Reynolda on the Forefront of Identifying Replacements in Response to Boxwood Blight Epidemic
WINSTON-SALEM, N.C. (April 1, 2019) – The boxwood blight that is wiping out generations-old plants across the southeast hit Reynolda last fall, and now experts there are ready to respond by identifying a replacement shrub that is both consistent with the historic landscape and resistant to disease.
“There is a long history of this landscape being progressive and adapting to change,” says Jon Roethling, director of Reynolda Gardens. “The decisions we make today about how to address this epidemic puts Reynolda at the forefront of demonstrating approaches for responding to our changing environment.”
Boxwoods have long been a critical design feature of the Reynolda landscape, framing the forecourt of south façade of the bungalow since 1937. The boxwoods in landscape architect Thomas Sears’s original plans were English Dwarf Boxwoods; however, this species was problematic and was replanted several times without success. Then, in 2015 as part of its landscape restoration project, Reynolda replanted the forecourt with Justin Brouwers Boxwood, also called Korean Dwarf Boxwood and affectionately known as the “baby boxwoods” among the Reynolda staff.
Roethling says his staff first noticed discoloration in the boxwoods along the perimeter of the forecourt garden in early fall 2018. The discoloration was soon diagnosed as blight infection, a serious and highly contagious fungal disease that first appeared in the United Kingdom and later appeared in the United States at a couple of North Carolina nurseries. Shortly after diagnosing the boxwoods, Reynolda removed all infected boxwoods and treated all plants in close proximity to prevent the disease’s spread. In total, 80 of the 300 boxwoods in front of Reynolda House were removed in the fall. Today, all 300 boxwoods have been removed in preparation for new shrubs that will be planted by a team of staff volunteers on Monday, April 8.
“Reynolda was not alone in seeing boxwood blight affect our plantings this fall,” says Karl Erik, director of operations at Reynolda House. “Landscapes in our surrounding neighborhoods and beyond also suffered. But here at Reynolda, addressing changes in our historic landscape is a particularly sensitive task that we approach with caution, and in consultation with experts in the field.”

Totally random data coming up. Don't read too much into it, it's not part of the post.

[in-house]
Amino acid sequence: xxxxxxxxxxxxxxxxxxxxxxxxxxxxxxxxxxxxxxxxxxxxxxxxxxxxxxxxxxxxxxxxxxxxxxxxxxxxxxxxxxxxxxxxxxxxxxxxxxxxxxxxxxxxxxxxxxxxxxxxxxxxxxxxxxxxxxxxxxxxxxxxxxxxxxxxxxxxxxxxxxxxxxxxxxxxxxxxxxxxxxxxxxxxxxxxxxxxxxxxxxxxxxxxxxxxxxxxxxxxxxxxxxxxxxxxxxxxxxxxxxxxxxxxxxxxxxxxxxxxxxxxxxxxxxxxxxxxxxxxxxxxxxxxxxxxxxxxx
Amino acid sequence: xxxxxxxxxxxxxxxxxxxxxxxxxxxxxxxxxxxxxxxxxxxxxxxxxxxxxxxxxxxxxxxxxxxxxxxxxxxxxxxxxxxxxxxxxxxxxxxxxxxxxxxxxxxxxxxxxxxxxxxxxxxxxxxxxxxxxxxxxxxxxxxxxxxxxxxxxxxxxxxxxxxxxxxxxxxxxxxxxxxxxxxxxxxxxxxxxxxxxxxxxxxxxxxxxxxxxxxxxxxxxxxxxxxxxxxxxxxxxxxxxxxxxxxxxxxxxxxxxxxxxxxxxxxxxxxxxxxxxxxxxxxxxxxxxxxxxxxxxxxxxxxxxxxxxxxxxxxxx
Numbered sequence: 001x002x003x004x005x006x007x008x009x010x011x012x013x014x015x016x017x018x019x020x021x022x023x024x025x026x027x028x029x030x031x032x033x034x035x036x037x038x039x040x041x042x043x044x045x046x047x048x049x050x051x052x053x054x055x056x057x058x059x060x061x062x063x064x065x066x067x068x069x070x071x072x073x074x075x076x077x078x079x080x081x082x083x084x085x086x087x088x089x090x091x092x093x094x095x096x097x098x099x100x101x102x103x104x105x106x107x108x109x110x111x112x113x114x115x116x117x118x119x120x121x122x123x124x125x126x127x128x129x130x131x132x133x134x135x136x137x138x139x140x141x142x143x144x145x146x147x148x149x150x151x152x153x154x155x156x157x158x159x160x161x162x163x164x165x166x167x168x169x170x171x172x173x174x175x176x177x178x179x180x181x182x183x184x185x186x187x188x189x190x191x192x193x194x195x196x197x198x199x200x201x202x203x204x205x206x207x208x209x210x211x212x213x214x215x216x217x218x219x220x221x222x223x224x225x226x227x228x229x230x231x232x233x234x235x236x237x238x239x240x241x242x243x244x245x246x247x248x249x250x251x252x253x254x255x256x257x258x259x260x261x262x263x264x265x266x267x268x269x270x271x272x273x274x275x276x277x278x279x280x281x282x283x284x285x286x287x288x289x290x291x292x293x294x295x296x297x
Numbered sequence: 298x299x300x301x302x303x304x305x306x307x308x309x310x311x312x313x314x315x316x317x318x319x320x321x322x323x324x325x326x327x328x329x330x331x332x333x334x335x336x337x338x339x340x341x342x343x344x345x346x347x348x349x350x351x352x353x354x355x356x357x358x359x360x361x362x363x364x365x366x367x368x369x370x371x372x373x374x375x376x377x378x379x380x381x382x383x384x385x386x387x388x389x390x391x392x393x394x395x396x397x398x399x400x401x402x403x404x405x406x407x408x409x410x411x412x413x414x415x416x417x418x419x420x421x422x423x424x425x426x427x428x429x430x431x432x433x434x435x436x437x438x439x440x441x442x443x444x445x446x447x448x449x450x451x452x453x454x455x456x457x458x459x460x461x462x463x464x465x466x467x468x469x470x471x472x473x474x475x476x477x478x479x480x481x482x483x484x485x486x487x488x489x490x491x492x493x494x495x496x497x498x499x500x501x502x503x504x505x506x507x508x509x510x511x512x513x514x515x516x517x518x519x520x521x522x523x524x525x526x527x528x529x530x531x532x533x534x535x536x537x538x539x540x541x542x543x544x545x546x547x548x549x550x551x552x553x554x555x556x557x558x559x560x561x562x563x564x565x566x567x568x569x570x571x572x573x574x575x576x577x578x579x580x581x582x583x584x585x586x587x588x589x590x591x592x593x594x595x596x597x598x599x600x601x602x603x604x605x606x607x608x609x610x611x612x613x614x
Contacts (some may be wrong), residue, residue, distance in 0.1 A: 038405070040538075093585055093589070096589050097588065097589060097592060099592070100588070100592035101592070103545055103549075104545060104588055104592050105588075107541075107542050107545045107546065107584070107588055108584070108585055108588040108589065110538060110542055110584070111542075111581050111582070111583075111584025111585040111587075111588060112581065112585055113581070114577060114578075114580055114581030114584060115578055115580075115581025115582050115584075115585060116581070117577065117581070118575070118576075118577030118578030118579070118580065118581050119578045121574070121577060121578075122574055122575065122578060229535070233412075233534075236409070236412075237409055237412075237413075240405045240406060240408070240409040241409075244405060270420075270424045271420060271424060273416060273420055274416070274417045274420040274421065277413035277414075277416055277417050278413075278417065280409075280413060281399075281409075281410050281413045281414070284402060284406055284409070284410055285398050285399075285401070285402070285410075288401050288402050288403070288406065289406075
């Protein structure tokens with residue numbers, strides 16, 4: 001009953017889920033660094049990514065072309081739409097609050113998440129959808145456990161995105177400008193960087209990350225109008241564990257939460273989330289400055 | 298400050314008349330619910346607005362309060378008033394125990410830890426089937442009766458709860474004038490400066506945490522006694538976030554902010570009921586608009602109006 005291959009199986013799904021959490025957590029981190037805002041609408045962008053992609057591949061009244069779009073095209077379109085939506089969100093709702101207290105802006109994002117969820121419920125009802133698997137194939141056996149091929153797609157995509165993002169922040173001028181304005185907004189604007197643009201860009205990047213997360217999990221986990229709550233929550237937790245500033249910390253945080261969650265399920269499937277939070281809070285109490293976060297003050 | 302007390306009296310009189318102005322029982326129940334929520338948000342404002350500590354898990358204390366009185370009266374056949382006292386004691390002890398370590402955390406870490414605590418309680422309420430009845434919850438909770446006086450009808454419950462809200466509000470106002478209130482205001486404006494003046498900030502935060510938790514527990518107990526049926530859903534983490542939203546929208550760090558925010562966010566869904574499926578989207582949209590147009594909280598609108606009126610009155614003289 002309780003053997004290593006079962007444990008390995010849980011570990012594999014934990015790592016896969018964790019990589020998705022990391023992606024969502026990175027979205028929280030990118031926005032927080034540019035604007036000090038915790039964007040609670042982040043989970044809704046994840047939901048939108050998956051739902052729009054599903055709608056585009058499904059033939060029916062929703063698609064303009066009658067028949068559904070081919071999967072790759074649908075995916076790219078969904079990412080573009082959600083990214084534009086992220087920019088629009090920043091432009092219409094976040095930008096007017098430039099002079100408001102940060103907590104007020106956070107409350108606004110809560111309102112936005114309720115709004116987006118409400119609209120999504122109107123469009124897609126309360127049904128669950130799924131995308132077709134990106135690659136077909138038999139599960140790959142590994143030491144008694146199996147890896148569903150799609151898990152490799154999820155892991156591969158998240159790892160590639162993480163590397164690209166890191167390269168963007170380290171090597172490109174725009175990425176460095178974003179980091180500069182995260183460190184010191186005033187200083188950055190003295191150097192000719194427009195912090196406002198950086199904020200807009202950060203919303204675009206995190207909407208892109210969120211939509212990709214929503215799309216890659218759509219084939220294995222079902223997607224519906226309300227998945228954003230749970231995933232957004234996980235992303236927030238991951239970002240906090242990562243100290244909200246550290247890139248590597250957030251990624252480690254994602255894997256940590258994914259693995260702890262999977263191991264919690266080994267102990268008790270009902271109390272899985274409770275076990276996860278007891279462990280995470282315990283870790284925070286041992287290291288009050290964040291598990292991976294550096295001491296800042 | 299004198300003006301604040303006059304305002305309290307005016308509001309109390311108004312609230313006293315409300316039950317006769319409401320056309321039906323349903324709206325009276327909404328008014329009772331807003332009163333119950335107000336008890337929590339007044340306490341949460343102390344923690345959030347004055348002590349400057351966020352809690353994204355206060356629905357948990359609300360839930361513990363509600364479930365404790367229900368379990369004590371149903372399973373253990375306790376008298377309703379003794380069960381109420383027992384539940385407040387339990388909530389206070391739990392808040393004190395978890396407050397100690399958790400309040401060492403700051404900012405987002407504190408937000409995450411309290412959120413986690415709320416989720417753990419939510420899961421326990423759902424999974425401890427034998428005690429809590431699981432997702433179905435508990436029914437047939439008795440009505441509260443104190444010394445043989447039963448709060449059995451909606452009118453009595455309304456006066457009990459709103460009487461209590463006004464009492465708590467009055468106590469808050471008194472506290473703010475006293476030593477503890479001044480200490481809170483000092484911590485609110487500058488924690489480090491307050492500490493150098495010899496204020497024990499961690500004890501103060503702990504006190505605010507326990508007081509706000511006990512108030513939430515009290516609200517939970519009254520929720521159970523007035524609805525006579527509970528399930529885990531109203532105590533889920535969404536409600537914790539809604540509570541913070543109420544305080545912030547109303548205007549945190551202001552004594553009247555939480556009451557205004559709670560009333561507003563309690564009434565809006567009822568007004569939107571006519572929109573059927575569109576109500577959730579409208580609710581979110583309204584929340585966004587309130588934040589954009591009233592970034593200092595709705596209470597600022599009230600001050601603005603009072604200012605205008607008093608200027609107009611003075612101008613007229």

Erik and Roethling talked with historic garden specialists, researched how other sites were dealing with the blight, and ultimately connected with Spring Meadow Nursery in Grand Haven, Mich. The nearly 40-year-old nursery agreed to provide a recommended replacement to the boxwoods at no cost to Reynolda, in hopes that it might become a case study for boxwood replacements for other historic landscapes.
Roethling and team selected Gem Box inkberry holly, a dense, ball-shaped plant with small dark green leaves. A plant that is native to the Piedmont Triad, its foliage develops attractive red tips during the spring. He says that it’s a fitting replacement for the design of Reynolda’s forecourt.
“Our responsibility is to both maintain the integrity of the original landscape design and character, and respond to the changing needs of our environment,” Roethling says. “We’ll be watching these new plants closely and sharing information with the nursery and our colleagues working in other historic landscape and gardens.”
Reynolda staff and volunteers, including several volunteers participating as part of Wake Forest University’s Pro Humanitate Week, will roll up their sleeves and plant the 300 new holly shrubs on Monday, April 8, starting at 9 a.m. Updates will be shared on Reynolda’s social media platforms: facebook.com/rhmaa, facebook.com/reynolda.gardens, and on Instagram at @CurateReynolda and @reynoldagardenswfu.
Reynolda, in Winston-Salem, N.C., is a rare gem among the nation’s cultural institutions and historic greenspaces. The 50-year-old museum at the center of Reynolda’s 180 acres, Reynolda House Museum of American Art, presents a renowned art collection in a historic and incomparable setting: the original 1917 interiors of the country manor of R. J. Reynolds. Spanning 250 years, the collection is an uncompromisingly selective one, a chronology of American art, with each artist represented by one work of major significance. The Reynolda experience includes a free app called Reynolda Revealed; touring exhibitions in the museum’s Mary and Charlie Babcock Wing; formal gardens, conservatory and walking trails of Reynolda Gardens; and more than 25 of the estate’s original buildings repurposed as shops and restaurants in Reynolda Village. Reynolda, located at 2250 Reynolda Road, is adjacent to and affiliated with Wake Forest University. For more information, please visit reynolda.org.
MEDIA NOTE: Media are invited to cover the replanting of Reynolda’s forecourt on Monday, April 8, from 9 a.m. to 4 p.m. Contact Sarah Smith to coordinate coverage.